Buying a home means there will be costs involved in the process, such as earnest money deposits, appraisals, inspections, title searches and the costs to market your existing home. You may think you have all the bases covered in negotiating the terms of your contract, but things happen and deals do fall apart – some at the last minute.One way to protect yourself from additional loss is with appropriate contingencies. Accepted contingencies give you the right to walk away from the contract with no penalty (other than some of the incidental costs mentioned above).
In some cases sellers avoid contingency contracts and may pressure you to move quickly and drop contingencies. But what if the property fails to appraise at the right value, or your lender fails to fund your loan? Know what you can include in your contract as a contingency and be prepared to stand firm!
The home inspection provides the opportunity to help you decide if you should walk from a tempting deal. Even properties that look well maintained and in good condition can have hidden flaws. In addition to the basic home inspection, there may be other inspections (for lead, termites, sewer and others) or areas that need to be addressed in your contract. Make sure you know what you are getting into!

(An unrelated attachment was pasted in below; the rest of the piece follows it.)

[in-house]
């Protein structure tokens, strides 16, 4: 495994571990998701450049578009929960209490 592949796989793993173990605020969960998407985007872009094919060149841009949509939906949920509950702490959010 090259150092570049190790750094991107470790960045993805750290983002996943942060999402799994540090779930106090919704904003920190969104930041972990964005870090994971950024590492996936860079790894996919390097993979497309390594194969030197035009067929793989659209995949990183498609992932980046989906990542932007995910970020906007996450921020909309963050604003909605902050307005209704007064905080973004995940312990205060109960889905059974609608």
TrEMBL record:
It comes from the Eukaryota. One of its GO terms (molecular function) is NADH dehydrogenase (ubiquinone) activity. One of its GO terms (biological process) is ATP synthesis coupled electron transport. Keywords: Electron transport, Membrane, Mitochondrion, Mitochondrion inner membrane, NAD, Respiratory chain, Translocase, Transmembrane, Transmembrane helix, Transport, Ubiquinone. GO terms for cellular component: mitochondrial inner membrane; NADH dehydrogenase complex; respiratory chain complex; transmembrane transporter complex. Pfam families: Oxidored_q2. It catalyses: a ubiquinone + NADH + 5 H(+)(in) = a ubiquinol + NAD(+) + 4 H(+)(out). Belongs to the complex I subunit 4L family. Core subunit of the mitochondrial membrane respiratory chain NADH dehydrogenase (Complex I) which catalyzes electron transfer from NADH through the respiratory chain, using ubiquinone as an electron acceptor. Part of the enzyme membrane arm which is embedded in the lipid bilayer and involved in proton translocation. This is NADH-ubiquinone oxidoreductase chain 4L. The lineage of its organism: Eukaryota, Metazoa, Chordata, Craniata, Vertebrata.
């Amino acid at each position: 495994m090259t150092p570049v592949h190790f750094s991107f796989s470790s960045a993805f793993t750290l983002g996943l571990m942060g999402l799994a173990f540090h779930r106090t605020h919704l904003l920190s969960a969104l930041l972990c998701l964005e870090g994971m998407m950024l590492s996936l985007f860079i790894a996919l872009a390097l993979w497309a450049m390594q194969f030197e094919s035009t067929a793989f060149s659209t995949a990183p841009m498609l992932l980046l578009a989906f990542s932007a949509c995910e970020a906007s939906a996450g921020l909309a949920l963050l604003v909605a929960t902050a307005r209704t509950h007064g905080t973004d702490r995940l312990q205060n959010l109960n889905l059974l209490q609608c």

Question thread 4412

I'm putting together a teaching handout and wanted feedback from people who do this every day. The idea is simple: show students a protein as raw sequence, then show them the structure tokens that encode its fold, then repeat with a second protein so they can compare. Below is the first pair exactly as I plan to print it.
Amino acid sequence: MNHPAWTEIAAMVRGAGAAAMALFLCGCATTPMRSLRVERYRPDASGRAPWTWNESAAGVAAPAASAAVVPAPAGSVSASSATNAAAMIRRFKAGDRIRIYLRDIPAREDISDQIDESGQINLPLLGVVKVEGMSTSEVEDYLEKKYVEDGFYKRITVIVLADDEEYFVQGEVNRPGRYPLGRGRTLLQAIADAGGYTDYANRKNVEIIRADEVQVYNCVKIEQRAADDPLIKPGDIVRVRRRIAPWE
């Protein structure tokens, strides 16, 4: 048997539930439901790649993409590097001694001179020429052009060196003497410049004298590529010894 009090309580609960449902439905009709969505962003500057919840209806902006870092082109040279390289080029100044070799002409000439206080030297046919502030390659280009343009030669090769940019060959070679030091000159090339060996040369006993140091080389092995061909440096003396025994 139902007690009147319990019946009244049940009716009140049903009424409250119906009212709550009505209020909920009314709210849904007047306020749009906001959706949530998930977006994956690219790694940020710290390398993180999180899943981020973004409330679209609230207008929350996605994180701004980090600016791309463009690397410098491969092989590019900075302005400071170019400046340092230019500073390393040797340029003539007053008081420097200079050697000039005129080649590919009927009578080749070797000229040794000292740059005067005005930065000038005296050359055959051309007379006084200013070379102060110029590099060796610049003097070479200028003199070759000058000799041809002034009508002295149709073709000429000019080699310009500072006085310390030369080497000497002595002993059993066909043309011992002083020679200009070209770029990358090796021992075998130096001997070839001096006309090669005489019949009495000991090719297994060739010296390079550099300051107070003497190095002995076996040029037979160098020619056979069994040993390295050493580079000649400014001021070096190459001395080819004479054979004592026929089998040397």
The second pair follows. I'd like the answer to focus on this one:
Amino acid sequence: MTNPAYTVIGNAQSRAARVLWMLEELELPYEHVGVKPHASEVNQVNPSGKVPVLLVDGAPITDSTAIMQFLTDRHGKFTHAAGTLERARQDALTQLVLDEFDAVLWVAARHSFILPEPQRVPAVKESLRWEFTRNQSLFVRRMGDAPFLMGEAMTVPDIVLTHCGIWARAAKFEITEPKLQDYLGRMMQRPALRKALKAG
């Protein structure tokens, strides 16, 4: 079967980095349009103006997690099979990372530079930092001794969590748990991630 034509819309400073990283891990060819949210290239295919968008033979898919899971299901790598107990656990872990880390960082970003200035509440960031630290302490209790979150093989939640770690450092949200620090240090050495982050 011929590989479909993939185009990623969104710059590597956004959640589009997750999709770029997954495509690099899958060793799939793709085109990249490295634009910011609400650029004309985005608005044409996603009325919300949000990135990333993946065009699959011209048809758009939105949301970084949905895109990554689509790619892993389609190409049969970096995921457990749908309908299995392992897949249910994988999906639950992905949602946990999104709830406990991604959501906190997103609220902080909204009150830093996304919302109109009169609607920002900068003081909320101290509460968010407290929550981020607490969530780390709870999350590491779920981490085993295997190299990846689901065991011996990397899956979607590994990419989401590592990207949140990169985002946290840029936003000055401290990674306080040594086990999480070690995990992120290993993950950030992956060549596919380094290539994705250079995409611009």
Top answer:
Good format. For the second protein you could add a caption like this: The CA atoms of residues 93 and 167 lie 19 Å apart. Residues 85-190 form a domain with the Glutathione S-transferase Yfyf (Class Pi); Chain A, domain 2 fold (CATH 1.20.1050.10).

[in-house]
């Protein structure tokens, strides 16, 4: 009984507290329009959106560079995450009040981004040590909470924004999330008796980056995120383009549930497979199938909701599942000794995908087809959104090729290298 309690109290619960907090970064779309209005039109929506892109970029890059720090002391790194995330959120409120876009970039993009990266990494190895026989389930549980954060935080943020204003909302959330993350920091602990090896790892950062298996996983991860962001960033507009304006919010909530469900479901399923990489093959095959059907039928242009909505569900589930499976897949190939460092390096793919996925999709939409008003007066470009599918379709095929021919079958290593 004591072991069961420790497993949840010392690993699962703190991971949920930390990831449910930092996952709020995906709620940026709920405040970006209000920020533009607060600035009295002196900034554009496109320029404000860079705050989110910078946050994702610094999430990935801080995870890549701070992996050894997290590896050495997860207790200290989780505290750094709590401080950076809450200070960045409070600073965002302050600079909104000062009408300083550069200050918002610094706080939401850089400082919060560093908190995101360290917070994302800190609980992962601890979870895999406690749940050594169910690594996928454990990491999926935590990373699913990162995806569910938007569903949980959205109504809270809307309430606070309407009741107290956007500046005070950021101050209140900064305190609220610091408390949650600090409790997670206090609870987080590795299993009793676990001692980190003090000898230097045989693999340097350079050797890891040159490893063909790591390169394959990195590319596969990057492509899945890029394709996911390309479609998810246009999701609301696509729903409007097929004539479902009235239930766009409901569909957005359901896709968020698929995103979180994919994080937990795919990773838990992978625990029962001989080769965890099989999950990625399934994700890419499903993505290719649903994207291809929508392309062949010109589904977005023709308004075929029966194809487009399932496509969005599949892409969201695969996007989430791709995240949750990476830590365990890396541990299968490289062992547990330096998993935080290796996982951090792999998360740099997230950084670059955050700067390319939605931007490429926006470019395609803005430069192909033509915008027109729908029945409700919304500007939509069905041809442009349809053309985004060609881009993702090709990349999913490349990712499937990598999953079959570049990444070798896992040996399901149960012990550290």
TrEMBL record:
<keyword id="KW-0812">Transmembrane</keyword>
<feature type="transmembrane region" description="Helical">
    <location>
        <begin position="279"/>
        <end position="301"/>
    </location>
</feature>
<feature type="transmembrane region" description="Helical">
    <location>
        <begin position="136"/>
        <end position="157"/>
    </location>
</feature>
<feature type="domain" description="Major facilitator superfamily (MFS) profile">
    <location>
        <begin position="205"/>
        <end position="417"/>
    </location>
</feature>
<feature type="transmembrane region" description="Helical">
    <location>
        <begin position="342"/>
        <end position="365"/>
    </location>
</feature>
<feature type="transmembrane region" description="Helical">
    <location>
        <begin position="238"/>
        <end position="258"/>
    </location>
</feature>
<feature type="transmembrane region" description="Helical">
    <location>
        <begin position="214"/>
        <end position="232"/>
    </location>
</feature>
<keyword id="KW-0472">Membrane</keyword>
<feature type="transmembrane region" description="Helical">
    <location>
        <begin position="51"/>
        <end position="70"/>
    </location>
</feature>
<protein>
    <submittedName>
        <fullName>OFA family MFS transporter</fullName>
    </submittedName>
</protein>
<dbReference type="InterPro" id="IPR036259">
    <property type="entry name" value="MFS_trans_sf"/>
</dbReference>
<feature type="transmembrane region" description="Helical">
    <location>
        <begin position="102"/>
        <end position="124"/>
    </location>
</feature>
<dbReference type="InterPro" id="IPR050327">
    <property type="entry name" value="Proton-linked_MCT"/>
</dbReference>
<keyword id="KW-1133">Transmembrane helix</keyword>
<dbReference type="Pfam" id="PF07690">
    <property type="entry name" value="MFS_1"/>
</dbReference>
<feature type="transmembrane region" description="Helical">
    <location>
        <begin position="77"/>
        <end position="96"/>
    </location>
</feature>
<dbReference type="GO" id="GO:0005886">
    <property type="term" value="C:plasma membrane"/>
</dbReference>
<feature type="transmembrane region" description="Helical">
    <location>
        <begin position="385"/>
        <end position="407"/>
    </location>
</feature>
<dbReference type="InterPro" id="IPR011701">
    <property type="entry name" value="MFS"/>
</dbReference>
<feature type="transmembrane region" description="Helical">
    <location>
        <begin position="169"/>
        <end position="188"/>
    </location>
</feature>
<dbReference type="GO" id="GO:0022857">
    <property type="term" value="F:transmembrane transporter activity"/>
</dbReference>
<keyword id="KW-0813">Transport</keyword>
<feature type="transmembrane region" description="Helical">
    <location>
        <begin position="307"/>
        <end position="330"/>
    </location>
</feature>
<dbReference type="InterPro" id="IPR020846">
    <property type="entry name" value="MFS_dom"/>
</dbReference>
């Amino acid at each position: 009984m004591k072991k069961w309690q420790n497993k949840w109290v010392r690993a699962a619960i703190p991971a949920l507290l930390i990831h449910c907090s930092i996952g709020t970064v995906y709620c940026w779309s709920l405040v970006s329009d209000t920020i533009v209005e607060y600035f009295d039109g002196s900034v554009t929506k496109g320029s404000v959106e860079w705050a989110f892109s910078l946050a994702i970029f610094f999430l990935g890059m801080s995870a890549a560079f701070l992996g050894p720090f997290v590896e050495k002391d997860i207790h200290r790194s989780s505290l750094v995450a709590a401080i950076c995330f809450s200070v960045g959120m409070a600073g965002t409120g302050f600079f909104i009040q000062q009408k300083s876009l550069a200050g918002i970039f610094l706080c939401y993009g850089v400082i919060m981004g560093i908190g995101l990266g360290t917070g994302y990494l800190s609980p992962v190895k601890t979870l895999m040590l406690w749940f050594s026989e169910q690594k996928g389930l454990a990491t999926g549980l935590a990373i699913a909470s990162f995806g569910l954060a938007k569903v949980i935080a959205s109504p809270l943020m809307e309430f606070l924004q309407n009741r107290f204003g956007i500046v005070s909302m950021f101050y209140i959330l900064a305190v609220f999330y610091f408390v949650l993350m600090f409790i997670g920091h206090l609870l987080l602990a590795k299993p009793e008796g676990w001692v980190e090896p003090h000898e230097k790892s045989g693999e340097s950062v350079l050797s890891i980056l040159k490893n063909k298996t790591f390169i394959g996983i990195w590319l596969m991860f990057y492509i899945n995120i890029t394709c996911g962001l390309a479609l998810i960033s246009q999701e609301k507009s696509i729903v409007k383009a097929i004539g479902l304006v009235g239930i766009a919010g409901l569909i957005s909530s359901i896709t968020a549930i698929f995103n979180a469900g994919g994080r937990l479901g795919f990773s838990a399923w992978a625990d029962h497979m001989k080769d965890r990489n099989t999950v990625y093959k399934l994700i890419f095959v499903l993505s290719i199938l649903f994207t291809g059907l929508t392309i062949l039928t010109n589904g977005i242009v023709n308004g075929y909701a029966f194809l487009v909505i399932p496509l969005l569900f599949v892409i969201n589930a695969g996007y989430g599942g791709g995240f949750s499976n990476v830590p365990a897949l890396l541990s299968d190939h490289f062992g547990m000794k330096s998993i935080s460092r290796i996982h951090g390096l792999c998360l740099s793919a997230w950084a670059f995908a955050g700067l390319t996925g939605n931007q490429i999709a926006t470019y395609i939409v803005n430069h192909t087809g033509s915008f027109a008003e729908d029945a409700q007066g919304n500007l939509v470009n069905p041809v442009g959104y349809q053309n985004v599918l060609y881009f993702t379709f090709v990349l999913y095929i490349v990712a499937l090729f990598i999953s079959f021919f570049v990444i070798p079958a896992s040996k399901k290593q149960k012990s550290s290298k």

The types of contingencies vary from state to state. Here are the top 10 most common contingencies and what be aware of as you make your offer>
Common Purchase Contract Contingencies
- Appraisal. Beware of the possibility that the appraisal may come in low.
- Loan Contingency. Your lender may fail to find your loan as requested, even if pre-approved.
- Home Inspection. One of the top indicators of flaws in the home.
- Lead-based Paint. Federal laws gives all buyers 10 days to inspect for lead-based paint.
- Wood Destroying Pest Inspection. The contract should specify who pays for termite inspection and correction.
- Roof Inspection. Make sure the roof is part of the home inspection, and if not specify a third party inspection for the roof.
- Sewer Inspection. This can be especially important for an older home or home on a septic system.
- Preliminary Title Report. Make sure the seller can transfer a clean title, with no unpaid liens against the property.
- Seller Statutory Disclosures. Some states require sellers to disclose all know material facts about the history of the property.
- Contingent on Existing Home. This is one of the most common contingencies, and sellers usually specify a number of days to perform.
When negotiating your offer and contract, make sure you protect your rights as a buyer and understand your state laws and other requirements necessary to close on your new home!